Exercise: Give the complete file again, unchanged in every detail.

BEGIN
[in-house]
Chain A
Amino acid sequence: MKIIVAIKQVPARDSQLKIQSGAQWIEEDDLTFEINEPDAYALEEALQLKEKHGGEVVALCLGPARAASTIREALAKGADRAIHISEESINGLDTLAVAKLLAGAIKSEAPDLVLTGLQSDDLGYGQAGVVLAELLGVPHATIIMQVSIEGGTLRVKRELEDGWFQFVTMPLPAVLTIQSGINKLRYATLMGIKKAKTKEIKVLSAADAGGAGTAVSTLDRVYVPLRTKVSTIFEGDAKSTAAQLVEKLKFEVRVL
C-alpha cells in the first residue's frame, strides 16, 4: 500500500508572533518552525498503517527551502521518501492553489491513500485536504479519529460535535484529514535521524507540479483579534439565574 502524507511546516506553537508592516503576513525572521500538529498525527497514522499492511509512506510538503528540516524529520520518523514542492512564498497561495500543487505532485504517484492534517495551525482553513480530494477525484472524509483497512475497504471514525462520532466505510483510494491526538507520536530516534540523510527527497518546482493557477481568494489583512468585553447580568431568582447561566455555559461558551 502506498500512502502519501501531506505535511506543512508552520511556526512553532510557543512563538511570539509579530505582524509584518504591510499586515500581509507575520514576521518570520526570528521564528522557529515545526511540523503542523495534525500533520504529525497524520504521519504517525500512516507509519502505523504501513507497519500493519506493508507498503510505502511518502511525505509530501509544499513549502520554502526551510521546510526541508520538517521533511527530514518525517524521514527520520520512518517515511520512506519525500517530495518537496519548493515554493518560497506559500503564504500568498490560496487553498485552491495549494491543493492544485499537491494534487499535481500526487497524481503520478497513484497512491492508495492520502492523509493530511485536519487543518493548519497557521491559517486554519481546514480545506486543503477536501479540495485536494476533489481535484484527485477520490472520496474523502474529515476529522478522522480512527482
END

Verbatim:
[in-house]
Chain A
Amino acid sequence: MKIIVAIKQVPARDSQLKIQSGAQWIEEDDLTFEINEPDAYALEEALQLKEKHGGEVVALCLGPARAASTIREALAKGADRAIHISEESINGLDTLAVAKLLAGAIKSEAPDLVLTGLQSDDLGYGQAGVVLAELLGVPHATIIMQVSIEGGTLRVKRELEDGWFQFVTMPLPAVLTIQSGINKLRYATLMGIKKAKTKEIKVLSAADAGGAGTAVSTLDRVYVPLRTKVSTIFEGDAKSTAAQLVEKLKFEVRVL
C-alpha cells in the first residue's frame, strides 16, 4: 500500500508572533518552525498503517527551502521518501492553489491513500485536504479519529460535535484529514535521524507540479483579534439565574 502524507511546516506553537508592516503576513525572521500538529498525527497514522499492511509512506510538503528540516524529520520518523514542492512564498497561495500543487505532485504517484492534517495551525482553513480530494477525484472524509483497512475497504471514525462520532466505510483510494491526538507520536530516534540523510527527497518546482493557477481568494489583512468585553447580568431568582447561566455555559461558551 502506498500512502502519501501531506505535511506543512508552520511556526512553532510557543512563538511570539509579530505582524509584518504591510499586515500581509507575520514576521518570520526570528521564528522557529515545526511540523503542523495534525500533520504529525497524520504521519504517525500512516507509519502505523504501513507497519500493519506493508507498503510505502511518502511525505509530501509544499513549502520554502526551510521546510526541508520538517521533511527530514518525517524521514527520520520512518517515511520512506519525500517530495518537496519548493515554493518560497506559500503564504500568498490560496487553498485552491495549494491543493492544485499537491494534487499535481500526487497524481503520478497513484497512491492508495492520502492523509493530511485536519487543518493548519497557521491559517486554519481546514480545506486543503477536501479540495485536494476533489481535484484527485477520490472520496474523502474529515476529522478522522480512527482